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ENGLISH 159A: Literature and Protest (AFRICAAM 159A, CSRE 159I)

How does literary art get involved in politics? What is the border between propaganda and art? This class examines moments when writers seem suddenly not only to represent politically charged topics and themes, but to have a part in bringing about political change. We¿ll look at case studies from the anti-apartheid movement in South Africa, the American Civil Rights struggle, 19th century Russia, and more.
Terms: Win | Units: 3-5 | UG Reqs: WAY-A-II, WAY-ED

ENGLISH 172D: Introduction to Comparative Studies in Race and Ethnicity (CSRE 196C, PSYCH 155, SOC 146, TAPS 165)

How different disciplines approach topics and issues central to the study of ethnic and race relations in the U.S. and elsewhere. Lectures by senior faculty affiliated with CSRE. Discussions led by CSRE teaching fellows. Includes an optional Haas Center for Public Service certified Community Engaged Learning section.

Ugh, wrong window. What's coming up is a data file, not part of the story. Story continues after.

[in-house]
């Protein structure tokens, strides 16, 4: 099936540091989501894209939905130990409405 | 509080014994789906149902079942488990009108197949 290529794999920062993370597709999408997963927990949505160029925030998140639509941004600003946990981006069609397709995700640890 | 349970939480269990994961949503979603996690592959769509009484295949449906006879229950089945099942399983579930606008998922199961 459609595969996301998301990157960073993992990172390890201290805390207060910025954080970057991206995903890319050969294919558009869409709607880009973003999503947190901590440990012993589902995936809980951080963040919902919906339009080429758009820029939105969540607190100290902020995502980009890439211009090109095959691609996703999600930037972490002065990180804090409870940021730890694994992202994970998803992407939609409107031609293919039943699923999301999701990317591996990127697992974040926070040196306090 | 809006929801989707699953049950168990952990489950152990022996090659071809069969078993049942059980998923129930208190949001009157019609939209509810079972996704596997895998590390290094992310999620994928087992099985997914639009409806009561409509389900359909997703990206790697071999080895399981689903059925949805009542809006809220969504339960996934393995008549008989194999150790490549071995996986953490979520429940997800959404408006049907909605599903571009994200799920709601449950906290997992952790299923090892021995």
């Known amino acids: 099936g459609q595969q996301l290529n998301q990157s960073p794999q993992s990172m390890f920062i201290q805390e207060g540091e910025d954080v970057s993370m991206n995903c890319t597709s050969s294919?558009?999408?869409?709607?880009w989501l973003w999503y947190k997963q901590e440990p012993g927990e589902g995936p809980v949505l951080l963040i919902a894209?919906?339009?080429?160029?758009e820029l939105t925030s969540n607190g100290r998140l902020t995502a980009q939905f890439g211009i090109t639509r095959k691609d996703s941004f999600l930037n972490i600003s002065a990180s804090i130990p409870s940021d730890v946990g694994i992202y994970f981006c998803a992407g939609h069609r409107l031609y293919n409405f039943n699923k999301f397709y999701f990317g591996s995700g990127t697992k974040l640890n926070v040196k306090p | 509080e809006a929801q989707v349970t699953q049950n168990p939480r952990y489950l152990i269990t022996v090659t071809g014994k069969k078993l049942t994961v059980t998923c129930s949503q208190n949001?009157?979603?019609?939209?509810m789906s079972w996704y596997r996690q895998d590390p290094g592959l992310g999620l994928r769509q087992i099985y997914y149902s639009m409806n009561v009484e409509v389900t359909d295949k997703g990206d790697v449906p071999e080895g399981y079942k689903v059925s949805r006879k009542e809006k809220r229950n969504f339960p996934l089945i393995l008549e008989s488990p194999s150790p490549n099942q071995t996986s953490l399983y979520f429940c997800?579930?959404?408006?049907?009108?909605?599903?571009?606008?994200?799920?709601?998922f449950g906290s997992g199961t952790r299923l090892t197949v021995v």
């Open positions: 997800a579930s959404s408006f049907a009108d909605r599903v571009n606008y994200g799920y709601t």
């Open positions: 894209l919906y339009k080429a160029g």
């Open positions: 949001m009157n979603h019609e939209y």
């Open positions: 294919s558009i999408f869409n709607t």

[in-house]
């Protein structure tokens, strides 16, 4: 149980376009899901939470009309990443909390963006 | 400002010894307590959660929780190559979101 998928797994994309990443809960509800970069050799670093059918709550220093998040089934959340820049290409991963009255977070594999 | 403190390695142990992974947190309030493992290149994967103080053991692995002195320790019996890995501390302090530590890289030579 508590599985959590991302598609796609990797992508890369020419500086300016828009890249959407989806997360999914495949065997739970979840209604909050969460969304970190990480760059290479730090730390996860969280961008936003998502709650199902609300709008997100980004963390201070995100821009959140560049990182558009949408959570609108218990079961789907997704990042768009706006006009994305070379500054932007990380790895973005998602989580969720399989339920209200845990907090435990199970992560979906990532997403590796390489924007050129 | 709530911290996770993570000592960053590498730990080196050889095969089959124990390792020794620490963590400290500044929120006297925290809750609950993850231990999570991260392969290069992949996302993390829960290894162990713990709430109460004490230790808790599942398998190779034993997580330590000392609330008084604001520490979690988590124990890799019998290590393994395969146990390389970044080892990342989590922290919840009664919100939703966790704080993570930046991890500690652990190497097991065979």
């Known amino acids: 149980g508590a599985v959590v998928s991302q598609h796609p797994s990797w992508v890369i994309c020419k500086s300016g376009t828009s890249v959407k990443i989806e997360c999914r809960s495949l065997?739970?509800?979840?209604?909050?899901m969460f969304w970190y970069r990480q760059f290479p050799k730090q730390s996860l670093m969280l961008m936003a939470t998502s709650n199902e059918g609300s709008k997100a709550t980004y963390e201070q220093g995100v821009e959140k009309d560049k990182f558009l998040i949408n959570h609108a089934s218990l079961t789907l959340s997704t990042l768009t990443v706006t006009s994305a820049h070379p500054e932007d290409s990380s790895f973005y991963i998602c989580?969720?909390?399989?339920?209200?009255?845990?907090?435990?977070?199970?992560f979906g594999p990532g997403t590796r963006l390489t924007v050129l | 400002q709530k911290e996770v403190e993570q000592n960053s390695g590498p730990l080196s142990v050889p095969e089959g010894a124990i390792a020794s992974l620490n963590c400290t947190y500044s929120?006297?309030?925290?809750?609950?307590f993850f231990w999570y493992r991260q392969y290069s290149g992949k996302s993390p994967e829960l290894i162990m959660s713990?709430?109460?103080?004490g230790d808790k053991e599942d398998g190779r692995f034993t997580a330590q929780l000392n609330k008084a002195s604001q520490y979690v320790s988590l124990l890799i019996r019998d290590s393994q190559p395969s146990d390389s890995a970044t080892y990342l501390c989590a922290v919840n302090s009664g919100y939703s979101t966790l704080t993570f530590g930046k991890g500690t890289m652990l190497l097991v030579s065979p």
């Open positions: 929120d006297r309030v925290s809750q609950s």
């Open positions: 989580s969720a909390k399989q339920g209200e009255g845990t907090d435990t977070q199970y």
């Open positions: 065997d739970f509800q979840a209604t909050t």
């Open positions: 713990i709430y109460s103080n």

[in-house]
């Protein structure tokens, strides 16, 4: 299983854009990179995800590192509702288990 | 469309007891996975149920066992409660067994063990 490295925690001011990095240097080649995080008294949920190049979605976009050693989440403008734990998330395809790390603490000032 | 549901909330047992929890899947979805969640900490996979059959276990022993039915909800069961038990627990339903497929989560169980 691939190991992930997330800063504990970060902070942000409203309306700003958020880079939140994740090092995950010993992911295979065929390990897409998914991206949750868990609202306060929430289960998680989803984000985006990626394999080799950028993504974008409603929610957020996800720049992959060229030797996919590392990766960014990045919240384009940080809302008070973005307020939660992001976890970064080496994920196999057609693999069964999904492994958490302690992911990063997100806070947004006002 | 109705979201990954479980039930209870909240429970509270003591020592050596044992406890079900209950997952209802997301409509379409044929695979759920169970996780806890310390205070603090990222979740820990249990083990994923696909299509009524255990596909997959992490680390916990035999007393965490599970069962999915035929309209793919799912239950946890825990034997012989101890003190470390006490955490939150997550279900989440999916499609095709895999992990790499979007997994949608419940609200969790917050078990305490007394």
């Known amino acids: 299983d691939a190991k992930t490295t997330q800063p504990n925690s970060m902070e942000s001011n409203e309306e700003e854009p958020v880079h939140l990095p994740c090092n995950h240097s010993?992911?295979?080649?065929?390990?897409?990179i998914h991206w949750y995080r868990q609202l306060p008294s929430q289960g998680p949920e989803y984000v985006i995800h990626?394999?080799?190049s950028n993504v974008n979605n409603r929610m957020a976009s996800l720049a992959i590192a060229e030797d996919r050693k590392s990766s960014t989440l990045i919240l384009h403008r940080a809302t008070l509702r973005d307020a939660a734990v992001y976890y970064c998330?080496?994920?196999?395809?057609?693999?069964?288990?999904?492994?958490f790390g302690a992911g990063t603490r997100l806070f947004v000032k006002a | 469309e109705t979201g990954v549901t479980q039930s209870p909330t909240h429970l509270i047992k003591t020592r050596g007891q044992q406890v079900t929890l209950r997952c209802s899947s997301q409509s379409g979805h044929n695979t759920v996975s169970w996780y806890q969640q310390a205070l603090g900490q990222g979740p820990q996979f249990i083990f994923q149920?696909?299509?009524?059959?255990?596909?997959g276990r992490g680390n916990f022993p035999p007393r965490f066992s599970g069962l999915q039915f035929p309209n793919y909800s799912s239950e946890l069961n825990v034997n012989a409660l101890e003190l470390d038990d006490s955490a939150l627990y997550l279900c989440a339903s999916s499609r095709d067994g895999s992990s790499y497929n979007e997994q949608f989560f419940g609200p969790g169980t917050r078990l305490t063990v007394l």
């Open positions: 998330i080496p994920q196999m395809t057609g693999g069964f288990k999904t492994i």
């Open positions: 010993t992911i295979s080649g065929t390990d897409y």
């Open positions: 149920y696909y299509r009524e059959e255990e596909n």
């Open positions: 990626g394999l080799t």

Terms: Win | Units: 5 | UG Reqs: GER:DB-SocSci, GER:EC-AmerCul, WAY-ED, WAY-SI

ESF 9: Education as Self-Fashioning: Chinese Traditions of the Self

In this class we explore thinking about the self and its cultivation that took root and flourished in China. Chinese civilization was centrally concerned with issues of the self, but it developed methods and ideals of cultivation that have no obvious parallel in the European tradition. We will be concerned primarily with two clusters of Chinese thought and expression. First, we will look at major philosophical traditions (Confucianism, Daoism, Buddhism) to see how they structured thinking about education and self-cultivation. The three ¿schools¿ of thought staked out different ideals for the self that provided China with range and flexibility in concepts of personhood. Second, we will examine Chinese aesthetic traditions, especially those of qin music, calligraphy and painting, to understand how the arts were used as a platform for self-cultivation and to communicate the artist¿s essential nature to others. The course also gives attention to the gendering of concepts of the self and to the tradition of martial arts as self-discipline and self-strengthening. Students should emerge from the course with an understanding of how a major civilization located outside Western traditions developed its own answers to these questions of universal human concern.
Last offered: Autumn 2016 | UG Reqs: THINK, WAY-A-II, WAY-ED, Writing 1

ESF 9A: Education as Self-Fashioning: Chinese Traditions of the Self